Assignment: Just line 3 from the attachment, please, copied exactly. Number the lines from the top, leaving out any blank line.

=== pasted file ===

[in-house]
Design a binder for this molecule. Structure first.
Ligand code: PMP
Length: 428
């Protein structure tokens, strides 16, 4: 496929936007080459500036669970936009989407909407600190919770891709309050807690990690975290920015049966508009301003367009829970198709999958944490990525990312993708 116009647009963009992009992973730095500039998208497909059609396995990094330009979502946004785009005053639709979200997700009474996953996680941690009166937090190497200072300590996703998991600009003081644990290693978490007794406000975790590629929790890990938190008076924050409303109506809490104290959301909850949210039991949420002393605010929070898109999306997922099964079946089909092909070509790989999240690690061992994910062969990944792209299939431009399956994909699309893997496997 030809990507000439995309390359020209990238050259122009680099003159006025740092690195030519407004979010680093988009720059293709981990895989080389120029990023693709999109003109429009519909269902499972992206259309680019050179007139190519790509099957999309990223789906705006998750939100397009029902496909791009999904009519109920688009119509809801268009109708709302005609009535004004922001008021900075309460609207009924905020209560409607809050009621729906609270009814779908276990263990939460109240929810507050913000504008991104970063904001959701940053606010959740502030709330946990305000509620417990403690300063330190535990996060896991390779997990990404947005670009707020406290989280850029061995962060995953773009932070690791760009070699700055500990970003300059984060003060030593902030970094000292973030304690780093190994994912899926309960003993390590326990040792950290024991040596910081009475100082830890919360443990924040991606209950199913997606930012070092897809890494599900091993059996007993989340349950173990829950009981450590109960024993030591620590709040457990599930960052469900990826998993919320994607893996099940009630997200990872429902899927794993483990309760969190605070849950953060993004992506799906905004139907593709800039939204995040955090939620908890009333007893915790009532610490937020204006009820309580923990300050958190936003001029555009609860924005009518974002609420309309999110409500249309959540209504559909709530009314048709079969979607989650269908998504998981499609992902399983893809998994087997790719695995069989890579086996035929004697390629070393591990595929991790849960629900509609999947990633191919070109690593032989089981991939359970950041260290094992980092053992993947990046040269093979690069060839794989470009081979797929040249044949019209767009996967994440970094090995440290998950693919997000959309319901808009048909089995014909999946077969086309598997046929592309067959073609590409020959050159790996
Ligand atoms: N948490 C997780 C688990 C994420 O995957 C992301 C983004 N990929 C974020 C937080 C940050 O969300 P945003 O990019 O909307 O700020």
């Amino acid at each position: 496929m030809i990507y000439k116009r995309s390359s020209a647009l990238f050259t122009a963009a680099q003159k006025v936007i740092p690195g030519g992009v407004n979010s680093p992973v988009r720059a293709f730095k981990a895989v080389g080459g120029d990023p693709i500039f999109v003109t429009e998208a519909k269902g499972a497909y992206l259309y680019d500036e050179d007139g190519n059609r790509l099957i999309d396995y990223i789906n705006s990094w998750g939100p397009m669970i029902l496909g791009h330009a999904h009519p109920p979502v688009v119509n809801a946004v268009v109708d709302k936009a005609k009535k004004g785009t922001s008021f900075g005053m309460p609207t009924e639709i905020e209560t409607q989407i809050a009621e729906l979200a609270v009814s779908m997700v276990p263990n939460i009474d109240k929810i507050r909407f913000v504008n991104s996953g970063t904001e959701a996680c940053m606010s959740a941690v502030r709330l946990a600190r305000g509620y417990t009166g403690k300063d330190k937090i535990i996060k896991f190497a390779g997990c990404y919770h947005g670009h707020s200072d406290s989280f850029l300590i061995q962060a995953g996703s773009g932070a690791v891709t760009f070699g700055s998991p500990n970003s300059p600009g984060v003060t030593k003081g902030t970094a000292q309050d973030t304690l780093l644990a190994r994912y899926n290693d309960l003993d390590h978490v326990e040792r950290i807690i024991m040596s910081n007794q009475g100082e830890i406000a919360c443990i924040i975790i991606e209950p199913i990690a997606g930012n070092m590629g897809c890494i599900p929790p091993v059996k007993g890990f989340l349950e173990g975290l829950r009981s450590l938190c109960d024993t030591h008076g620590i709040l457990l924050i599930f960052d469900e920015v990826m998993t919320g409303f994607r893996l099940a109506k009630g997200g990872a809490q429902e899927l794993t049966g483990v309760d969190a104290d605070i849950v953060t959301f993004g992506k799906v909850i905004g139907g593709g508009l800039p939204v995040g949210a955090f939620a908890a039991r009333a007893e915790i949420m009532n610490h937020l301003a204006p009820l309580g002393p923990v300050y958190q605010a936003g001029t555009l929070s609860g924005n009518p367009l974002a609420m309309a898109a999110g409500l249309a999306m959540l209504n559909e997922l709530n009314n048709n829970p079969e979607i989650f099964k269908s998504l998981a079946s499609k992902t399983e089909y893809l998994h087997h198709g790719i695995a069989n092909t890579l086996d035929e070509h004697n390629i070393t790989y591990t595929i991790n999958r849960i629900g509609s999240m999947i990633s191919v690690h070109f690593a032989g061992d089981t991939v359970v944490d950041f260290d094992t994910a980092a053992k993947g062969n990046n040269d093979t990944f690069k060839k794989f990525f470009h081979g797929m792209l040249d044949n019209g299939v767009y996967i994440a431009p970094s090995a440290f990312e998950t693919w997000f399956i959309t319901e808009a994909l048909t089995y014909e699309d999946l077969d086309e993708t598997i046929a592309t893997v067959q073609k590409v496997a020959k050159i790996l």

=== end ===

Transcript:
Ligand code: PMP